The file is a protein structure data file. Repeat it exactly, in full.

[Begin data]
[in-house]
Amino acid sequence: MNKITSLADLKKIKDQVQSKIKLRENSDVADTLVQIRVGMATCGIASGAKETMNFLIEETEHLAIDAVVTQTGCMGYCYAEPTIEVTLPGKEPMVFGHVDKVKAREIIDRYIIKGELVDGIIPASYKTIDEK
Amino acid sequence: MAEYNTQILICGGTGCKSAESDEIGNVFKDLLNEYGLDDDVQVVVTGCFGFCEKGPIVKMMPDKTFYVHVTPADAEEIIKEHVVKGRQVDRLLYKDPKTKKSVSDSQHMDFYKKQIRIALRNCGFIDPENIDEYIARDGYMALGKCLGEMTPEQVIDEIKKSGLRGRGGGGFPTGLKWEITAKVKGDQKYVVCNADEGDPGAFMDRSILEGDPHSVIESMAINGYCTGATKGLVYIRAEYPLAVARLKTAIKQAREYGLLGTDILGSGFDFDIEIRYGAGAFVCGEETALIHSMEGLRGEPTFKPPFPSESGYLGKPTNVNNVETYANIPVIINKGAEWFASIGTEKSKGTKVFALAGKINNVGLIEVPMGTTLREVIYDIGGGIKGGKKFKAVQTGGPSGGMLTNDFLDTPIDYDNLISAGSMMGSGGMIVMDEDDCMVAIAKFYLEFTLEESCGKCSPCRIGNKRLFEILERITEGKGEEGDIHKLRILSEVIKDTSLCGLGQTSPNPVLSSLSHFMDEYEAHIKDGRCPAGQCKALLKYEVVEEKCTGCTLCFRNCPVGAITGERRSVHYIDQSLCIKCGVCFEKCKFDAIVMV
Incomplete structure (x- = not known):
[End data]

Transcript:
[in-house]
Amino acid sequence: MNKITSLADLKKIKDQVQSKIKLRENSDVADTLVQIRVGMATCGIASGAKETMNFLIEETEHLAIDAVVTQTGCMGYCYAEPTIEVTLPGKEPMVFGHVDKVKAREIIDRYIIKGELVDGIIPASYKTIDEK
Amino acid sequence: MAEYNTQILICGGTGCKSAESDEIGNVFKDLLNEYGLDDDVQVVVTGCFGFCEKGPIVKMMPDKTFYVHVTPADAEEIIKEHVVKGRQVDRLLYKDPKTKKSVSDSQHMDFYKKQIRIALRNCGFIDPENIDEYIARDGYMALGKCLGEMTPEQVIDEIKKSGLRGRGGGGFPTGLKWEITAKVKGDQKYVVCNADEGDPGAFMDRSILEGDPHSVIESMAINGYCTGATKGLVYIRAEYPLAVARLKTAIKQAREYGLLGTDILGSGFDFDIEIRYGAGAFVCGEETALIHSMEGLRGEPTFKPPFPSESGYLGKPTNVNNVETYANIPVIINKGAEWFASIGTEKSKGTKVFALAGKINNVGLIEVPMGTTLREVIYDIGGGIKGGKKFKAVQTGGPSGGMLTNDFLDTPIDYDNLISAGSMMGSGGMIVMDEDDCMVAIAKFYLEFTLEESCGKCSPCRIGNKRLFEILERITEGKGEEGDIHKLRILSEVIKDTSLCGLGQTSPNPVLSSLSHFMDEYEAHIKDGRCPAGQCKALLKYEVVEEKCTGCTLCFRNCPVGAITGERRSVHYIDQSLCIKCGVCFEKCKFDAIVMV
Incomplete structure (x- = not known):